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Trinity - Eye To Eye

Trinity - Eye To Eye

Trinity - Eye To Eye

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Musical comfort food for foundation fans. Trinity and Irie Ites take a loving look into reggae's past.


Since 2003, French sound-turned-one-stop-reggae-label-shop Irie Ites have been knocking out relicks of classic rhythms with Jamaican artists old and new. Their latest album compiles previously released singles and fresh tracks from one of the island’s greatest deejays, Wade Brammer AKA Trinity. He’s the musical glue that binds a veritable pile-up of well-loved backings, compositions and phrases featuring a joyous reunion of vintage voices.  

Trinity - Eye To EyeTrinity was among the talkers who followed in the wake of cultural pioneer Big Youth. And his similarly charismatic, dread-regal yet mischievous style still stands up. His voice is grainier than in his heyday, toasting over platters for Channel One, Joe Gibbs and Vivian Jackson/Yabby You. But he hasn’t lost the magic - particularly when the reverb is wacked high.

With a deep bag of rhythms, links and regular dubplate sessions between their Le Mans studio and Kingston it’s no surprise that Irie Ites have a serious roster of names at their disposal. And as such 'Eye To Eye' is a loving look into reggae’s past with few deviations from its rulebook. This is not one of those comeback records where Trinity tries his hand at bashment or pop.

The surprise, for those new to the label, is the sheer number of veteran vocalists for Trinity to spar with: from Leroy Sibbles to Beres to old friends like The Mighty Diamonds. Some deejay longplayers suffer from vocal monotony – there’s little danger of that here.

The opening track typifies the classics upon classics ethos: Trinity riffing on Inner Circle’s hit Bad Boys with Prince Alla on Irie Ites 2011 Mafia & Fluxy relick of the latter’s Bucket Bottom. He also revisits Mr Gibbs on another big single, the Heywood brothers remake of Naggo MorrisSu Su Pan Rasta.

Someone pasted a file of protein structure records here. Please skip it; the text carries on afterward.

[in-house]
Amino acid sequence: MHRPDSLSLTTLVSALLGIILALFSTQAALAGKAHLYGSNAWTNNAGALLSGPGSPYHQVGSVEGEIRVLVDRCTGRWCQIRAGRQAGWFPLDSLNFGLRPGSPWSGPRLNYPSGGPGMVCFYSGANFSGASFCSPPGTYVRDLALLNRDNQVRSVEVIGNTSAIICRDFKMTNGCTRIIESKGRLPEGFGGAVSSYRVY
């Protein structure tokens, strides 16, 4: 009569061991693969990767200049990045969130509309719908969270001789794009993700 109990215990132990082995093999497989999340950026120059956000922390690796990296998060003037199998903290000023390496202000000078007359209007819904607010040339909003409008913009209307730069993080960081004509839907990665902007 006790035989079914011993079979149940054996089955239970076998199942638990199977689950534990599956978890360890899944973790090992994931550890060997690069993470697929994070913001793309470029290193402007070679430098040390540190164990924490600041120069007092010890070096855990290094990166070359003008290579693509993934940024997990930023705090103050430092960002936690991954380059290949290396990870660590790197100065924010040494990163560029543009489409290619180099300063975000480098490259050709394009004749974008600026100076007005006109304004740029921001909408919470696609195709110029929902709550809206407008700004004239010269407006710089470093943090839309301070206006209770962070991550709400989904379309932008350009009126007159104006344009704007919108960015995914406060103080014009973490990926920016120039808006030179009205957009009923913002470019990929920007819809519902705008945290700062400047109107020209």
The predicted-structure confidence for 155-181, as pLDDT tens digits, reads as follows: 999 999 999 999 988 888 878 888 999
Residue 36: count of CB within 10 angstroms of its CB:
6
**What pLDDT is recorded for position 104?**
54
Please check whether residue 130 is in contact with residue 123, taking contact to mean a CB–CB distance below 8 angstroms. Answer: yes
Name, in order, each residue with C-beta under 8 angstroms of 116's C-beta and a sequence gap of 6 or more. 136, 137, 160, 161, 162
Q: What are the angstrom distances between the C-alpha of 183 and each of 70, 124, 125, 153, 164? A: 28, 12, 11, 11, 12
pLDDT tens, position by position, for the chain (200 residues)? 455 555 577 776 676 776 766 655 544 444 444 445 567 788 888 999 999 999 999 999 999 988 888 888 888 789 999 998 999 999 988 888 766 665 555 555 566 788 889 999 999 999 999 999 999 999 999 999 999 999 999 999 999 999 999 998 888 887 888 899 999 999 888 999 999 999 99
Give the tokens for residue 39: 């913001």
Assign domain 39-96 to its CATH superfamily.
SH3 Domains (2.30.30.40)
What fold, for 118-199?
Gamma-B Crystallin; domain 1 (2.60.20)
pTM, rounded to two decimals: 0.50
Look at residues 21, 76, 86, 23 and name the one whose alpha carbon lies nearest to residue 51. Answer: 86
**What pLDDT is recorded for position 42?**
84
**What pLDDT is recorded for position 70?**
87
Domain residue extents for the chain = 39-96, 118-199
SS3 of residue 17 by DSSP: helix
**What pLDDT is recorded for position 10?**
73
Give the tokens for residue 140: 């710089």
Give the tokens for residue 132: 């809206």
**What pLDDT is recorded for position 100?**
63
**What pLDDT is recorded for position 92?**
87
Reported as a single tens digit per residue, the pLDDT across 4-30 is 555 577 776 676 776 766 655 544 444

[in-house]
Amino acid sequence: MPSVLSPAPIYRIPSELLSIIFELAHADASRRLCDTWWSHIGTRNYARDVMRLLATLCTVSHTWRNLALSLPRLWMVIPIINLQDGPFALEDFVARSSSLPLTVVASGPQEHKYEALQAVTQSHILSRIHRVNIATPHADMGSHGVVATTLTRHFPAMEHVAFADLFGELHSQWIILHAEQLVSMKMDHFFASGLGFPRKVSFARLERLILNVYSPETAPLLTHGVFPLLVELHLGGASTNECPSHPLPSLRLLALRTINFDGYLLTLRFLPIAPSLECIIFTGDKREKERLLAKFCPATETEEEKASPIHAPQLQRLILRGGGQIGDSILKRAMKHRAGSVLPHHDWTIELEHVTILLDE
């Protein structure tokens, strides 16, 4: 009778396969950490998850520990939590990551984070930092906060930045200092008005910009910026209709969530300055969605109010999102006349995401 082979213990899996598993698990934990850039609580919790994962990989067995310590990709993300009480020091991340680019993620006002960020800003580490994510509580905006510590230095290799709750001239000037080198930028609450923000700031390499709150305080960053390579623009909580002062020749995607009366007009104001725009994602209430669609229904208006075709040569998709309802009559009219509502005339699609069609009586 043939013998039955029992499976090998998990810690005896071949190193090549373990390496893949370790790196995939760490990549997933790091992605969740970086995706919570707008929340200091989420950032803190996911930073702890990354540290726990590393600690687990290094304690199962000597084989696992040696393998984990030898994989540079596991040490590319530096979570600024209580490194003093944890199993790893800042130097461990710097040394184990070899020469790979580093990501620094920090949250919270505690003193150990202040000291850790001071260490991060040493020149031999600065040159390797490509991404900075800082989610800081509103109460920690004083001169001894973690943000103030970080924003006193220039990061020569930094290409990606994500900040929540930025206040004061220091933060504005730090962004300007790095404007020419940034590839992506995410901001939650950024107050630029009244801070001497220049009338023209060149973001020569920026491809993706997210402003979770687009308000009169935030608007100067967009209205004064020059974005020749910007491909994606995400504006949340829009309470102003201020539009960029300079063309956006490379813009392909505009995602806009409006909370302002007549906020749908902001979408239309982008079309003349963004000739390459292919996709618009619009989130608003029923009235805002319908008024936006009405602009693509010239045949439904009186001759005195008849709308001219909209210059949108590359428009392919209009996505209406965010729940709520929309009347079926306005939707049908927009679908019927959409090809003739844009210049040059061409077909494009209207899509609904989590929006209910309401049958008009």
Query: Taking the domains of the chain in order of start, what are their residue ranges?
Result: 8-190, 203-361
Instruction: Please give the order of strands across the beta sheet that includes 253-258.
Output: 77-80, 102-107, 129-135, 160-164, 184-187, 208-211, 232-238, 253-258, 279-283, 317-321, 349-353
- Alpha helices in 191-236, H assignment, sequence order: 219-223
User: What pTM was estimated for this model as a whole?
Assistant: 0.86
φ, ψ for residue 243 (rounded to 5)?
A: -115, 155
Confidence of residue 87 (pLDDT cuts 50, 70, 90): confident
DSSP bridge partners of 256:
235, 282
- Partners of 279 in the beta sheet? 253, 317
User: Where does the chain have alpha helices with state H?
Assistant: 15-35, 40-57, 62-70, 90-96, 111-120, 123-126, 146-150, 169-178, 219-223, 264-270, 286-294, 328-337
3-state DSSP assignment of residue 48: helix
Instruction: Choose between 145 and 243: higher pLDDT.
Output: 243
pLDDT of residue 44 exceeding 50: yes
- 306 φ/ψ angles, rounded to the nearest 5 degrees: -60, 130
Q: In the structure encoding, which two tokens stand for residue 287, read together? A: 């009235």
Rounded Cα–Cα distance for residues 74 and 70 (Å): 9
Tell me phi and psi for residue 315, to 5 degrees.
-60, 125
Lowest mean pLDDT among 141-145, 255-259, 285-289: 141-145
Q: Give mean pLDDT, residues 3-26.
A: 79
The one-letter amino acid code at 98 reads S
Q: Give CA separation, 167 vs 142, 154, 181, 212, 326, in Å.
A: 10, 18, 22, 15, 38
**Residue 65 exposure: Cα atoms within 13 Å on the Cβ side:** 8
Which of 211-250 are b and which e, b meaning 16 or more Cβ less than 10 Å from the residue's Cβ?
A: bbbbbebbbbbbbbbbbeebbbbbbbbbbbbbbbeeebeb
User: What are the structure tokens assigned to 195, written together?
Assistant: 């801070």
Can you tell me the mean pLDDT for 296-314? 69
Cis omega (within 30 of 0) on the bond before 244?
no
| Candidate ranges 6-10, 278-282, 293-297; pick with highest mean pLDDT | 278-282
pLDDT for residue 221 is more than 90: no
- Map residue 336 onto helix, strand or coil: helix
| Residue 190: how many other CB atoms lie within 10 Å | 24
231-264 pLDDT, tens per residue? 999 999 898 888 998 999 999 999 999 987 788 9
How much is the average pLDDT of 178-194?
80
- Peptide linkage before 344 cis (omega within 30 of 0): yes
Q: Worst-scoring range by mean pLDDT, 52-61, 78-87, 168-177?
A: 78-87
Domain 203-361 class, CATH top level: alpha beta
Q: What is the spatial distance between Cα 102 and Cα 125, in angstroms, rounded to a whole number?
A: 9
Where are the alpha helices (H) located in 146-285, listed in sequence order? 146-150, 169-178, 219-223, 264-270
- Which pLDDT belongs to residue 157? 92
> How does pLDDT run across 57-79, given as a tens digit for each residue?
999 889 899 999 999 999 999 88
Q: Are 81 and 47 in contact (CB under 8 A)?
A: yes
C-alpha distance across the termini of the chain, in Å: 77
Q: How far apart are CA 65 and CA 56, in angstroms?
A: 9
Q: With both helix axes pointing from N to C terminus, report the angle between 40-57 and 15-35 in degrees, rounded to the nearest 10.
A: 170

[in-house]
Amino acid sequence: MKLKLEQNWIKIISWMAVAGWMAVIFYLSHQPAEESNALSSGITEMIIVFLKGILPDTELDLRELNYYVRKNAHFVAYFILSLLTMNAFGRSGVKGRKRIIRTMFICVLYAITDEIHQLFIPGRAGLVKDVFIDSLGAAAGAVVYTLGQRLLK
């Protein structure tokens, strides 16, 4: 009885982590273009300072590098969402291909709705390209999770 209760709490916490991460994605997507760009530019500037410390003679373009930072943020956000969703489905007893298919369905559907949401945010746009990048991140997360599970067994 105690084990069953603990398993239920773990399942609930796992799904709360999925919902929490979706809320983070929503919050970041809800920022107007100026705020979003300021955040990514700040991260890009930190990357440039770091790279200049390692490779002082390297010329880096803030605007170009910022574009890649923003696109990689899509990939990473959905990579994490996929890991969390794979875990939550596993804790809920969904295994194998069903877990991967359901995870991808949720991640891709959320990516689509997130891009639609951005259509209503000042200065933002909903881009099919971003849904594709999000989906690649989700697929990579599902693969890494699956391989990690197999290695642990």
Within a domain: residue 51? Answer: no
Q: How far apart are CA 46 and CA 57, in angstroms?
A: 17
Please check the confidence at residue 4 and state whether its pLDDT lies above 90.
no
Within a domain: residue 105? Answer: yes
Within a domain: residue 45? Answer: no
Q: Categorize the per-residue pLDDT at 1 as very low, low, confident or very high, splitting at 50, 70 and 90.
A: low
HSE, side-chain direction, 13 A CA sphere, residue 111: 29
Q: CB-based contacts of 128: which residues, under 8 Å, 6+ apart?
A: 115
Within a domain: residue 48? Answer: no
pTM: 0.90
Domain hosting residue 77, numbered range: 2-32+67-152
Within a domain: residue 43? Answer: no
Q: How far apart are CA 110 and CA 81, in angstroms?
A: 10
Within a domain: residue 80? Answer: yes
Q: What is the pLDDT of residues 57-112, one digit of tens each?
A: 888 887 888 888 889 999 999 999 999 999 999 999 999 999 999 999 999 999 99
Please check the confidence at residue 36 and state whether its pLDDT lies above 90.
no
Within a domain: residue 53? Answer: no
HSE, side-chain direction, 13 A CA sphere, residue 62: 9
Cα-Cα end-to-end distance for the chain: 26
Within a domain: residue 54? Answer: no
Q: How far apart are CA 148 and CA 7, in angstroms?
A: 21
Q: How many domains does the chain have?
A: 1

Love is Like Candy is a different cut on 2009’s do-over of John Holt’s Strange Things than its B side Strange All Over The World. Here Trinity torments the love-crazed Holt with the sweet taste of what he’s missing. The standout is Jah Time Now revisiting Vivian Jackson’s Old Testament invoking Run Come Rally (both Trinity and Tony Tuff, who sings Jackson’s part, voiced for the Jesus Dread). 

The vocals were laid at Mixing Lab (run by Roy Francis of Phase 1 Records fame). And it’s not one long affair with the 70s. Trinity rides digital backings like Gregory Isaacs’ 1988 Mixing Lab production Enough is Enough (later the Cool Ruler is eulogised on 2010’s Tamlins, Naggo Morris and Dillinger combo Tribute To Gregory). The varied styles are unified by Irie Ites trademark clear yet never too glossy sound - courtesy of house engineer Jericho.

With its parade of perennial dependable artists, delivered with tight quality control, this semi-compilation album is truly the sum of its parts. There are no leftfield excursions: just musical comfort food for lovers of reggae’s foundation. Trinity has the voice, flow and wicked playful humour to make this a fun if unashamedly nostalgic summertime spin.

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